Overview of Linux Namespace

by Anish


Posted on Monday December 09/2019


Referefce 8gwifi.org

Namespace is Linux Kernel feature

A namespace wraps a global system resource in an abstraction that makes it appear to the processes within the namespace that they have their own isolated instance of the global resource. Changes to the global resource are visible to other processes that are members of the namespace but are invisible to other processes.

For more information, see the namespaces(7) man page.

Namespaces are specified as an array of entries inside the namespaces root field. The following parameters can be specified to set up namespaces:

Example

    "namespaces": [
        {
            "type": "pid",
            "path": "/proc/1234/ns/pid"
        },
        {
            "type": "network",
            "path": "/var/run/netns/neta"
        },
        {
            "type": "mount"
        },
        {
            "type": "ipc"
        },
        {
            "type": "uts"
        },
        {
            "type": "user"
        },
        {
            "type": "cgroup"
        }
    ]

The /proc filesystem shows (in the /proc/PID directories) only processes visible in the PID namespace of the process that performed the mount, even if the /proc filesystem is viewed from processes in other namespaces.

The Linux kernel v4.4.0 provides 7 types of namespaces: cgroup, pid, net, mnt, uts, ipc and user.

$ ls -l /proc/$$/ns
total 0
lrwxrwxrwx 1 root root 0 Dec  9 13:08 cgroup -> cgroup:[4026531835]
lrwxrwxrwx 1 root root 0 Dec  9 13:08 ipc -> ipc:[4026531839]
lrwxrwxrwx 1 root root 0 Dec  9 13:08 mnt -> mnt:[4026531840]
lrwxrwxrwx 1 root root 0 Dec  9 13:08 net -> net:[4026531957]
lrwxrwxrwx 1 root root 0 Dec  9 13:08 pid -> pid:[4026531836]
lrwxrwxrwx 1 root root 0 Dec  9 13:08 user -> user:[4026531837]
lrwxrwxrwx 1 root root 0 Dec  9 13:08 uts -> uts:[4026531838]
  • pid : The Process ID. This file is a handle for the PID namespace of the process.PID namespaces isolate the process ID number space, meaning that processes in different PID namespaces can have the same PID. PID namespaces allow containers to provide functionality such as suspending/resuming the set of processes in the container and migrating the container to a new host while the processes inside the container maintain the same PIDs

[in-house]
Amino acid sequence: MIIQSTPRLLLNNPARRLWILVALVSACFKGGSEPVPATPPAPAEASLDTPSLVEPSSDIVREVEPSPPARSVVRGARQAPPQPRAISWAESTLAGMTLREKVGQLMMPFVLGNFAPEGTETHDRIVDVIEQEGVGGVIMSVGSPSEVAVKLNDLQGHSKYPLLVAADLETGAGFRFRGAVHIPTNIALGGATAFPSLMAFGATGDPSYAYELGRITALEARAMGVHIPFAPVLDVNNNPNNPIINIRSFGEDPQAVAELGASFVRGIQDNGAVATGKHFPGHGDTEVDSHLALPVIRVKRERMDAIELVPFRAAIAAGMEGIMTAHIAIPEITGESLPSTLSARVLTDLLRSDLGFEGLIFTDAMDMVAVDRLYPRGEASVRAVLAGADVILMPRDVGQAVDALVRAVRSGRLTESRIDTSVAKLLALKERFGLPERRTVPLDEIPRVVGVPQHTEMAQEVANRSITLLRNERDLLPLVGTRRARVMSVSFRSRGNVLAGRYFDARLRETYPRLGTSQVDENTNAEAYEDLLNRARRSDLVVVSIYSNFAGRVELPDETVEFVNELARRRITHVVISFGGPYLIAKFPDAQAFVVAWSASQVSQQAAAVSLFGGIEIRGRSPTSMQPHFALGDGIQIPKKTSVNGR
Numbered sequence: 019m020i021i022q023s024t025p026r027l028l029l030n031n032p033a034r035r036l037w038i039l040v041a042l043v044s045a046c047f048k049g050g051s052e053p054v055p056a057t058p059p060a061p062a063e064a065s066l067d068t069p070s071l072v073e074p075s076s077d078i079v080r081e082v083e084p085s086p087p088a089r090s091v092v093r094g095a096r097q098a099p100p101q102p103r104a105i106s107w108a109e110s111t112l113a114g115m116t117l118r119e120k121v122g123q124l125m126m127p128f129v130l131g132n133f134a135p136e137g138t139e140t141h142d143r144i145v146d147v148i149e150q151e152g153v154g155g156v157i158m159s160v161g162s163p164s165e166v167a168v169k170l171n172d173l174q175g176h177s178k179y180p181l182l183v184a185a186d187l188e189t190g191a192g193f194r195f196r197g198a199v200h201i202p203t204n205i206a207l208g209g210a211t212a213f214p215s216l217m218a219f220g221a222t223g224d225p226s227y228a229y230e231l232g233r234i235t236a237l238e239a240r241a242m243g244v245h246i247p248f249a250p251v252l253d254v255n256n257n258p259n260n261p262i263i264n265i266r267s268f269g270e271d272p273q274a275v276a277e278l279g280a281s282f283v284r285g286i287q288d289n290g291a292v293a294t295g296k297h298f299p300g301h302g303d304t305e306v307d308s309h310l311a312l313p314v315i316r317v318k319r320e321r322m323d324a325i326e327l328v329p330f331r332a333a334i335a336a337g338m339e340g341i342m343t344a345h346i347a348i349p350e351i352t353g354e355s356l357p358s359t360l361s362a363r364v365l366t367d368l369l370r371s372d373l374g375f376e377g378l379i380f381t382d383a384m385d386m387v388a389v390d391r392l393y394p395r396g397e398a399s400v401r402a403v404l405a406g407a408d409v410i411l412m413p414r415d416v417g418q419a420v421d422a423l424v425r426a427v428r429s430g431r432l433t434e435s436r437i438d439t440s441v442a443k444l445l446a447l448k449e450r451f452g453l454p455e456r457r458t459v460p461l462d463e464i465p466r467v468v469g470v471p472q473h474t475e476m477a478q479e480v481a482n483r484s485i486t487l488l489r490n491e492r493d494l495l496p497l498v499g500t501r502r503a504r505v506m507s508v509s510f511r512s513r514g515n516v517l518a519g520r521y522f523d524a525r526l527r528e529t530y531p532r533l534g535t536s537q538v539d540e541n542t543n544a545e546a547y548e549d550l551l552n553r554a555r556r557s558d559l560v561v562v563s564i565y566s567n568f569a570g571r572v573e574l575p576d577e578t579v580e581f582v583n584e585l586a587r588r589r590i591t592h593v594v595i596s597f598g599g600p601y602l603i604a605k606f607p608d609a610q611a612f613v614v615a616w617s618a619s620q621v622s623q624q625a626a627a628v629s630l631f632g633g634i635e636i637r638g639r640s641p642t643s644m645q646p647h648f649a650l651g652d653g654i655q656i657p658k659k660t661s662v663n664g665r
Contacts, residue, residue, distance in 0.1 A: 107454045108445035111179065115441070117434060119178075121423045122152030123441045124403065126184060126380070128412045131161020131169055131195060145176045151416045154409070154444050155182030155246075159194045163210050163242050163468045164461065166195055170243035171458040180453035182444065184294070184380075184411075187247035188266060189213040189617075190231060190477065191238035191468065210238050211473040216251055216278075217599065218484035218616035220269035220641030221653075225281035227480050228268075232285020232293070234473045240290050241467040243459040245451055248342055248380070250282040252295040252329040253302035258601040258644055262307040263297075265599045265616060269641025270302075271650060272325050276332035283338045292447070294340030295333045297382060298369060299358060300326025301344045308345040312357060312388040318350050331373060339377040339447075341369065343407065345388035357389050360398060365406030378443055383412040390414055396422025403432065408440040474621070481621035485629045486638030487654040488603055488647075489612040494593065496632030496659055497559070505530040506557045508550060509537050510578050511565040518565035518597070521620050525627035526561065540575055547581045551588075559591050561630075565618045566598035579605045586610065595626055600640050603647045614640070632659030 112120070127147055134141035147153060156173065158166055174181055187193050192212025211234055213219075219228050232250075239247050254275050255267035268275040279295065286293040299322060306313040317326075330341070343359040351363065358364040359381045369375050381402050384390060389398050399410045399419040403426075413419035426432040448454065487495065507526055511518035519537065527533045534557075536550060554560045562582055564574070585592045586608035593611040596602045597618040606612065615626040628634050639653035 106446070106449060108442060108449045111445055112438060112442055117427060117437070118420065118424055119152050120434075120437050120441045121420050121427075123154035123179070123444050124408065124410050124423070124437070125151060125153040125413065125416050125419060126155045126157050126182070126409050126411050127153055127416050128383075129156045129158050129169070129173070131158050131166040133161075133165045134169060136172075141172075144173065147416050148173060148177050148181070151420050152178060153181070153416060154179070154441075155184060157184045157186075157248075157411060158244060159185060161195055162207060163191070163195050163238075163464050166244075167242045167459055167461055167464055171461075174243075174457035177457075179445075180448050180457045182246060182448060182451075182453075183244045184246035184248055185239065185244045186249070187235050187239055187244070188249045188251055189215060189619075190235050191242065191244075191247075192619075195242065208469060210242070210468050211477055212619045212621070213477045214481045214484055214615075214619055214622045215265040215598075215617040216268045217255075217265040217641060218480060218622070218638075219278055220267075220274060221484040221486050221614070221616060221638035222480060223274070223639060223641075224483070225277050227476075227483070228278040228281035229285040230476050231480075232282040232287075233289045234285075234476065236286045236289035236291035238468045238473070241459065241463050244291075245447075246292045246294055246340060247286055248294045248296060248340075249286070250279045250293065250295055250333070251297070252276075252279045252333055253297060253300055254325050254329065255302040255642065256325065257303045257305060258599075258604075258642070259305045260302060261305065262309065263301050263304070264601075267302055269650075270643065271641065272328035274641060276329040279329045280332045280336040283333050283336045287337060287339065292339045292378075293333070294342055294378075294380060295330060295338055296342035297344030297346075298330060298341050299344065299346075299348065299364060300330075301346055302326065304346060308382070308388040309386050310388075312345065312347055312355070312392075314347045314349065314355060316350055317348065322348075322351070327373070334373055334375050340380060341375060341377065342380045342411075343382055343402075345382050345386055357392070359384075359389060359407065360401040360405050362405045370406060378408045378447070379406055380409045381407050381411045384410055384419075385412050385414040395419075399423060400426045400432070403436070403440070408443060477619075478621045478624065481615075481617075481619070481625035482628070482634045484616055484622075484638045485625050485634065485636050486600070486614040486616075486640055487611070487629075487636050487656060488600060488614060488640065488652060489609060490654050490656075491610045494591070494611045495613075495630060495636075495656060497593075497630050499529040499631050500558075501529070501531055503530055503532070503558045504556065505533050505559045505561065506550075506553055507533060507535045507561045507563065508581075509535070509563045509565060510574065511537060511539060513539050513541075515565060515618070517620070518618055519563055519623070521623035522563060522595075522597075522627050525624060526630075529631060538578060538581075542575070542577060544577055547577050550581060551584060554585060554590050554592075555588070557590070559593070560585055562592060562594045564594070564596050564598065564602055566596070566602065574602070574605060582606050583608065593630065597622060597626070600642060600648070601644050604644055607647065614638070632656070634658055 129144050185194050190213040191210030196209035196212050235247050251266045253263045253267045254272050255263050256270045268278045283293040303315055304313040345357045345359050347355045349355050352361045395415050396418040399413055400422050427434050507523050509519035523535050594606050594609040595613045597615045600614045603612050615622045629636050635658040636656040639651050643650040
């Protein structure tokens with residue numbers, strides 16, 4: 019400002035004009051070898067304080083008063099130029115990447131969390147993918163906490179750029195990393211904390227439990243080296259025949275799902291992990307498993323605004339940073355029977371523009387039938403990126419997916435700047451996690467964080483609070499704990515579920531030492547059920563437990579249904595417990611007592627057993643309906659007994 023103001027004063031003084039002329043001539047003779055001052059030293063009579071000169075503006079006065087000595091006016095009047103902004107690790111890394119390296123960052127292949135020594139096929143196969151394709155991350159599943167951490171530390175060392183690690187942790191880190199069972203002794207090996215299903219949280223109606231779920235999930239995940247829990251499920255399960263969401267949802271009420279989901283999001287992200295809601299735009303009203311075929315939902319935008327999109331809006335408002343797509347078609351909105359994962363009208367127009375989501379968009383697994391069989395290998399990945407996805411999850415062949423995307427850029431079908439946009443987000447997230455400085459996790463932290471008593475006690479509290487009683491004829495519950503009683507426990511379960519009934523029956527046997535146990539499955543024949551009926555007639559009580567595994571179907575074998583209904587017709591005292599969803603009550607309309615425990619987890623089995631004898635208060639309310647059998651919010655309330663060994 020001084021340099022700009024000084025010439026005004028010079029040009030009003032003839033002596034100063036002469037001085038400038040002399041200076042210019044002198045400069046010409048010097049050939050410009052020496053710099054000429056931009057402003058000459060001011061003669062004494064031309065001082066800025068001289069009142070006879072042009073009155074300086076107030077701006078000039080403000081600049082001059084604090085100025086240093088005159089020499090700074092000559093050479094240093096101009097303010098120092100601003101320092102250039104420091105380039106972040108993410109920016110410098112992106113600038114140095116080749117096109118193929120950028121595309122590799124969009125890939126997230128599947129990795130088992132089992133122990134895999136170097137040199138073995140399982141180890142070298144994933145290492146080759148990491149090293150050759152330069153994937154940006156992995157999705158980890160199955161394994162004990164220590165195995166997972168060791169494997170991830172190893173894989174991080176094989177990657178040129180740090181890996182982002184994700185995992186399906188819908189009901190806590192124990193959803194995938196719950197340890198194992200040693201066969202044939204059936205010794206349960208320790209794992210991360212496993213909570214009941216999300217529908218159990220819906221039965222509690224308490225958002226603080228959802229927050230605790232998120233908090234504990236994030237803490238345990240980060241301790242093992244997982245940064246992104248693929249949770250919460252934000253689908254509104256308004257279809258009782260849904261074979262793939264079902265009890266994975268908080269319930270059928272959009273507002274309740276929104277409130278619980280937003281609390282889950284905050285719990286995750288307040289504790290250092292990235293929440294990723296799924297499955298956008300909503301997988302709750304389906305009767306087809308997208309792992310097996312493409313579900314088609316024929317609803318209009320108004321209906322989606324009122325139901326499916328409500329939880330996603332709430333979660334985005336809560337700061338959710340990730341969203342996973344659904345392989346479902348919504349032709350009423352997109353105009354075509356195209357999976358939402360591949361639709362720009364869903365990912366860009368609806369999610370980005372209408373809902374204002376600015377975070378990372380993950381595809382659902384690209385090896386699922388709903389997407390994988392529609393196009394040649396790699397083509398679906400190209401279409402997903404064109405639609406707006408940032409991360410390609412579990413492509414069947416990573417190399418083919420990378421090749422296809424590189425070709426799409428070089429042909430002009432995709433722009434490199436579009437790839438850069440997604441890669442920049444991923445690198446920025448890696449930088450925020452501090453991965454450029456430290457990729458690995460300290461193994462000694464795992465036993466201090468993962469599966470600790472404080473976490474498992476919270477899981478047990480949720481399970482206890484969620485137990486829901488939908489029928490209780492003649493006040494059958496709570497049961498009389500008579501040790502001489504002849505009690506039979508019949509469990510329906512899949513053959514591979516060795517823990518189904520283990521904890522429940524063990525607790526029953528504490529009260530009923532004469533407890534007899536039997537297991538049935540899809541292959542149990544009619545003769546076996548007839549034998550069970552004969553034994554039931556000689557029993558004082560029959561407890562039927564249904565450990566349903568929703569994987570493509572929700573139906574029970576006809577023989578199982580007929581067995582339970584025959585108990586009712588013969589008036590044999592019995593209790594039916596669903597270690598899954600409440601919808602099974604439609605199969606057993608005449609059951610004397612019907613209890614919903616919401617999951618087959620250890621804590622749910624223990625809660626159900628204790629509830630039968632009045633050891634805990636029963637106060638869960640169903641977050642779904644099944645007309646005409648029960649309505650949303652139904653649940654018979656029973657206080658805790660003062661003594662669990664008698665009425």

If two processes are in the same namespace, then the device IDs and inode numbers of their /proc/[pid]/ns/xxx symbolic links will be the same as shown below cgroup:[4026531835] and other process sharing the same inode.

Same iNode number

  • net This file is a handle for the network namespace of the process. This provides the isolation of the system resources associated with networking and isolates Network devices. The ip netns - is used to process network namespace management
  • mount This file is a handle for the mount namespace of the process and isolates Mount points
  • ipc This file is a handle for the IPC namespace of the process and isolates System Vs IPC and POSIX message queues
  • uts This file is a handle for the UTS namespace of the process and isolates Hostname and NIS domain name
  • user This file is a handle for the user namespace of the process
  • cgroup the container will have an isolated view of the cgroup hierarchy.
$ cat /proc/cgroups 
#subsys_name    hierarchy   num_cgroups enabled
cpuset  5   3   1
cpu 9   83  1
cpuacct 9   83  1
blkio   10  83  1
memory  8   92  1
devices 2   83  1
freezer 3   3   1
net_cls 4   3   1
perf_event  11  3   1
net_prio    4   3   1
hugetlb 6   3   1
pids

Many container software use Linux namespaces in combination with cgroups to isolate their processes like Docker, LXC, runC.

cgroup vs namespace

  • cgroup is a way to control group based traffic control filter, example
"cgroupsPath": "/myRuntime/myContainer",
    "resources": {
        "memory": {
        "limit": 100000,
        "reservation": 200000
        },
        "devices": [
            {
                "allow": false,
                "access": "rwm"
            }
        ]
   }
  • namespace: Limit/abstraction what you can see in linux proc

Next Reading : How to Monitoring All Executed Commands in Linux



Thanku for reading !!! Give a Share for Support

Asking for donation sound bad to me, so i'm raising fund from by offering all my eight book for just $9

Referefce 8gwifi.org
Online Terminals
Online Terminals
python Cryptography Topics
Topics
For Coffee/ Beer/ Amazon Bill and further development of the project Support by Purchasing, The Modern Cryptography CookBook for Just $9 Coupon Price

Kubernetes for DevOps

Hello Dockerfile

Cryptography for Python Developers

Cryptography for JavaScript Developers

Go lang ryptography for Developers